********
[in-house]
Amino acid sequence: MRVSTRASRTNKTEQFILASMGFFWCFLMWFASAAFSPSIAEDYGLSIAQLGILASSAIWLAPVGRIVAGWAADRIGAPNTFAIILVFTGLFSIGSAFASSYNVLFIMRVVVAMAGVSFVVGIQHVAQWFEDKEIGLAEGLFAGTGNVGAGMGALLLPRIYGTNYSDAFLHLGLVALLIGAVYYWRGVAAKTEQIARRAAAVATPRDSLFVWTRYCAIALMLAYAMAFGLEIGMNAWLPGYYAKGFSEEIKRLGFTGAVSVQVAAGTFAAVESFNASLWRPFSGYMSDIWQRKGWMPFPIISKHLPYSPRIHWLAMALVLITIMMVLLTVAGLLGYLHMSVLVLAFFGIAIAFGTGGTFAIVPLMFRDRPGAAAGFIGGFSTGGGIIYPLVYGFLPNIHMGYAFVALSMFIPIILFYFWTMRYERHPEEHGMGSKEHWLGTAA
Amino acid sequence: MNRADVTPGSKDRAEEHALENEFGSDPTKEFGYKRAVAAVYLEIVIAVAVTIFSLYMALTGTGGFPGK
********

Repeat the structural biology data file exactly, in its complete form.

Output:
[in-house]
Amino acid sequence: MRVSTRASRTNKTEQFILASMGFFWCFLMWFASAAFSPSIAEDYGLSIAQLGILASSAIWLAPVGRIVAGWAADRIGAPNTFAIILVFTGLFSIGSAFASSYNVLFIMRVVVAMAGVSFVVGIQHVAQWFEDKEIGLAEGLFAGTGNVGAGMGALLLPRIYGTNYSDAFLHLGLVALLIGAVYYWRGVAAKTEQIARRAAAVATPRDSLFVWTRYCAIALMLAYAMAFGLEIGMNAWLPGYYAKGFSEEIKRLGFTGAVSVQVAAGTFAAVESFNASLWRPFSGYMSDIWQRKGWMPFPIISKHLPYSPRIHWLAMALVLITIMMVLLTVAGLLGYLHMSVLVLAFFGIAIAFGTGGTFAIVPLMFRDRPGAAAGFIGGFSTGGGIIYPLVYGFLPNIHMGYAFVALSMFIPIILFYFWTMRYERHPEEHGMGSKEHWLGTAA
Amino acid sequence: MNRADVTPGSKDRAEEHALENEFGSDPTKEFGYKRAVAAVYLEIVIAVAVTIFSLYMALTGTGGFPGK